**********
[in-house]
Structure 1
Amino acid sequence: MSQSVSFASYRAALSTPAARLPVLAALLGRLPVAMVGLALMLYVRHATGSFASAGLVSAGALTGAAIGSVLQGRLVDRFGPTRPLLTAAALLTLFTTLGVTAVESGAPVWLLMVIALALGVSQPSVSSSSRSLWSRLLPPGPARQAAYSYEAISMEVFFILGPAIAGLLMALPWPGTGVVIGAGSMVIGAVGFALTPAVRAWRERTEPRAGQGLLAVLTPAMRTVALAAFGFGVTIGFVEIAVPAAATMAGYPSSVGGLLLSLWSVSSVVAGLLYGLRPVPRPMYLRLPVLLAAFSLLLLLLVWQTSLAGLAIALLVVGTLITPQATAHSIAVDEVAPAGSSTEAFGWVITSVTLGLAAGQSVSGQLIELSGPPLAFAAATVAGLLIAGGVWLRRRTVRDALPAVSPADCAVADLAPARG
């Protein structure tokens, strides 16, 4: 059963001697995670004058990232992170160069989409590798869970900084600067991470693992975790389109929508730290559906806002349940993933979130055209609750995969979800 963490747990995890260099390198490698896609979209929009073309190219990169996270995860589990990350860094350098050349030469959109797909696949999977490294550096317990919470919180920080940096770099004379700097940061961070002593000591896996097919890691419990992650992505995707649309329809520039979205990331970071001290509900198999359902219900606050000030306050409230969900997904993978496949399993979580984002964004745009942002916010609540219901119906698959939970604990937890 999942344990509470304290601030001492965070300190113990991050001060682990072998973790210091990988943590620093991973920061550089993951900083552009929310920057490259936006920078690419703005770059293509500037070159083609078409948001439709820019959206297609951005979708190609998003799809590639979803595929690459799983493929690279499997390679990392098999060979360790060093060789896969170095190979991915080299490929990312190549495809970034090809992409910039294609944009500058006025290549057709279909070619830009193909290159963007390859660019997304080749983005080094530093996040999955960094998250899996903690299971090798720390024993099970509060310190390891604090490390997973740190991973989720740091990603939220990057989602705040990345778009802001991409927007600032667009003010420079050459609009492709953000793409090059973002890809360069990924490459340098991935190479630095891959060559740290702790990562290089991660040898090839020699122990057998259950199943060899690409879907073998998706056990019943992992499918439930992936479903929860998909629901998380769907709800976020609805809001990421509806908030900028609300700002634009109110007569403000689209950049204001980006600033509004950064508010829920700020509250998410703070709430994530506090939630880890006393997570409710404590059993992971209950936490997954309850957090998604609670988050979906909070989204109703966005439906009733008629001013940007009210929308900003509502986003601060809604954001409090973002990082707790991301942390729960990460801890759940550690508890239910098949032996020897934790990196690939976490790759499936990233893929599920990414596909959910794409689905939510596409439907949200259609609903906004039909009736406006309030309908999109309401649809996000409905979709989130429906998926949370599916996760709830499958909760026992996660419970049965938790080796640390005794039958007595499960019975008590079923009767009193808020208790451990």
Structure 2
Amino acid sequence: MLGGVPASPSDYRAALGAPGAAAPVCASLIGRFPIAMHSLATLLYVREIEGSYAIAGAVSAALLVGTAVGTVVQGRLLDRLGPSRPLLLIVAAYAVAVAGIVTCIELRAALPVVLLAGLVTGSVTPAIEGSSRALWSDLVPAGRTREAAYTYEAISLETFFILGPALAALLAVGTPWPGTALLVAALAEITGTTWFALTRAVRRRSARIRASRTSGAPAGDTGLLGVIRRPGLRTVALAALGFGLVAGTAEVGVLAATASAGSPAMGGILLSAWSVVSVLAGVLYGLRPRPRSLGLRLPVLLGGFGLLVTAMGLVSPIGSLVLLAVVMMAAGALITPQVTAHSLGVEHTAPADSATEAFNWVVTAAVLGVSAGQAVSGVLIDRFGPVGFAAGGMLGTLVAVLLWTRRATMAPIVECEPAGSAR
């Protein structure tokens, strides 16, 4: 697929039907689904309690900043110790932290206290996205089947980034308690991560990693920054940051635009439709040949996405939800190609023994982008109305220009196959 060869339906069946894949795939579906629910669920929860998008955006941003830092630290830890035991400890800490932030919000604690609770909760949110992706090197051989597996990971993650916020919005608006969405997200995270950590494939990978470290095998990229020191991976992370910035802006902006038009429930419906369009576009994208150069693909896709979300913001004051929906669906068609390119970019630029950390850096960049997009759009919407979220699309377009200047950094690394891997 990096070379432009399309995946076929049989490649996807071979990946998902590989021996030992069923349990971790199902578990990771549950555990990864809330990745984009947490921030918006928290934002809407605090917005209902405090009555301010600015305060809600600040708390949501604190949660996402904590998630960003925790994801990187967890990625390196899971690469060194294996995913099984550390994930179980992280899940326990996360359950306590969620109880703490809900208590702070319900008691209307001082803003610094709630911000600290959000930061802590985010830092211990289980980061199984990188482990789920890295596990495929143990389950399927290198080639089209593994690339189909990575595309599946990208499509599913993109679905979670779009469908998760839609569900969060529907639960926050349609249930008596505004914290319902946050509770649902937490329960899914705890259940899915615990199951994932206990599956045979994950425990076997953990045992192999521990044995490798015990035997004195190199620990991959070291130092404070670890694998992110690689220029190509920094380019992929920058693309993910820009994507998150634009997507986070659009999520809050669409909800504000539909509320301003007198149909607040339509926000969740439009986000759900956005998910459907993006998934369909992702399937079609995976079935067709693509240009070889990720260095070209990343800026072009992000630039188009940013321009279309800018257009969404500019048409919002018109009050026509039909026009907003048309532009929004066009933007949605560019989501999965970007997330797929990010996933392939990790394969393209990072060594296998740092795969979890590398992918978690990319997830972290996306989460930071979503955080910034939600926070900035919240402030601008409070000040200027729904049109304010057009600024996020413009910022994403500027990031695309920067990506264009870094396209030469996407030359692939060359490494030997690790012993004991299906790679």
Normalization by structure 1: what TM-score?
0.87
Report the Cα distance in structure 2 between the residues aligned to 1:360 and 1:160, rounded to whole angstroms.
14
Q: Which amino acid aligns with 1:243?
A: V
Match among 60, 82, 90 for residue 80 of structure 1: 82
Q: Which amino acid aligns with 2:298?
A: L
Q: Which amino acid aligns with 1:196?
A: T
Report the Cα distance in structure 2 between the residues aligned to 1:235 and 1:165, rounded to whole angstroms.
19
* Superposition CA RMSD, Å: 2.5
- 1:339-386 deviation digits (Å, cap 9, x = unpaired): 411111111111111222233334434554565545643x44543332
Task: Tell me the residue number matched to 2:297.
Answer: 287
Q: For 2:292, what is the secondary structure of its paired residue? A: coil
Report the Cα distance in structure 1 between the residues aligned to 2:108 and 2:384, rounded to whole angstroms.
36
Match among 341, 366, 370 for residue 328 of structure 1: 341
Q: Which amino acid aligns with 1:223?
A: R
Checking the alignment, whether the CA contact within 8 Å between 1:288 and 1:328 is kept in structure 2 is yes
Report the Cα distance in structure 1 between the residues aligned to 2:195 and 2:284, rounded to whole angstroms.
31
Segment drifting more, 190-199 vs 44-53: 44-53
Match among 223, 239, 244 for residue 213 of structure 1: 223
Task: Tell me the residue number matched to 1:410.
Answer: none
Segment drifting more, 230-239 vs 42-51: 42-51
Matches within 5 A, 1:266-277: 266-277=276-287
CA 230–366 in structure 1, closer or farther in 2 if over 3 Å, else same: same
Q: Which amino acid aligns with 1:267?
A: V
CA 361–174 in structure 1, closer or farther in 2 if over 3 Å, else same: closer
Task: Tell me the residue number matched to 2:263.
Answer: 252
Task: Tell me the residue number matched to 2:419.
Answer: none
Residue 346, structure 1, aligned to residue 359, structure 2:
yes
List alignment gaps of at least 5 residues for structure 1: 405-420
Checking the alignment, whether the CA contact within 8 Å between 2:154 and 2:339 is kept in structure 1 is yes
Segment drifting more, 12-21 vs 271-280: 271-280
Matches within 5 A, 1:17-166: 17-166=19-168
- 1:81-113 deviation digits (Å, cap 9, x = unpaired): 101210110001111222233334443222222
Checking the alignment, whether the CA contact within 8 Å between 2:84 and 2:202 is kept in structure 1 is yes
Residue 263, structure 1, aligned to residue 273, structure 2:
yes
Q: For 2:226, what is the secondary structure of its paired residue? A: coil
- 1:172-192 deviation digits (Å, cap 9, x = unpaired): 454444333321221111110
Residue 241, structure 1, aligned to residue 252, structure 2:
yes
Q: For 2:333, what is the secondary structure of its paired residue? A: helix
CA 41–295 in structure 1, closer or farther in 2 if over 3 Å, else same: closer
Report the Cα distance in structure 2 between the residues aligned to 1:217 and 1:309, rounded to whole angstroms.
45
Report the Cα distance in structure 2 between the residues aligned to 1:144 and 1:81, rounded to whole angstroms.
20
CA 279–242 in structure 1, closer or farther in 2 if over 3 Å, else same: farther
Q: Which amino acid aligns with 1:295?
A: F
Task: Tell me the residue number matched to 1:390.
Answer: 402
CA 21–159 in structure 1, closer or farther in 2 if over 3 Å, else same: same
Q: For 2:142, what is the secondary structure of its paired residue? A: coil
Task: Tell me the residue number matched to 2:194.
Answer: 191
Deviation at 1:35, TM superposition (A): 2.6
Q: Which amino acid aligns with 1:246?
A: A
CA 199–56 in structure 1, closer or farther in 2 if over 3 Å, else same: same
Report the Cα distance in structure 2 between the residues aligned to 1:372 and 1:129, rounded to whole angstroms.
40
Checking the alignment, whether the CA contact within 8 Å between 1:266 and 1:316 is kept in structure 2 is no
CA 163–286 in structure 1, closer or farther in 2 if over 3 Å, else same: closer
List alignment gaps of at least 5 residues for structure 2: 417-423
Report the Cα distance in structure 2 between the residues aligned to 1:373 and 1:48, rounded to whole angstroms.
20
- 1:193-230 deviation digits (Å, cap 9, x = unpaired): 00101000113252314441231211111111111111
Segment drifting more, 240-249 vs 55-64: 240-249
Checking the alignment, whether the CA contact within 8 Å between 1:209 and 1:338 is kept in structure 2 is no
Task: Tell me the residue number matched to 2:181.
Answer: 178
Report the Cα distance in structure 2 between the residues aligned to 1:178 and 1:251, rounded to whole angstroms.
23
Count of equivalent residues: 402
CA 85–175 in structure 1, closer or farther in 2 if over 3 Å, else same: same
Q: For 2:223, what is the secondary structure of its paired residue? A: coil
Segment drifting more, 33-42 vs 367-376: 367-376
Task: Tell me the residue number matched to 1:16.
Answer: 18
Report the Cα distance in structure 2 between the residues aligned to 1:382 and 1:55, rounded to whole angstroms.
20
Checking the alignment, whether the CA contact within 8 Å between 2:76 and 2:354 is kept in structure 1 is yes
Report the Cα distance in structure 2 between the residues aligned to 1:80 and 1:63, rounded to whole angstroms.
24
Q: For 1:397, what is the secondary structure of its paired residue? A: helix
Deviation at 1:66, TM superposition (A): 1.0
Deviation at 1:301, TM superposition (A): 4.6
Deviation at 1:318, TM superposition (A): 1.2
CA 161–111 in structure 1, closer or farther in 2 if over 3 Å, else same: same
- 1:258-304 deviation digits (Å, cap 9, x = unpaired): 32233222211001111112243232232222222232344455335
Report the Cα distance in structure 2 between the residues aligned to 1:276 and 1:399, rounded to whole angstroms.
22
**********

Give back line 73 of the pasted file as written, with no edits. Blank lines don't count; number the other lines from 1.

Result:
CA 21–159 in structure 1, closer or farther in 2 if over 3 Å, else same: same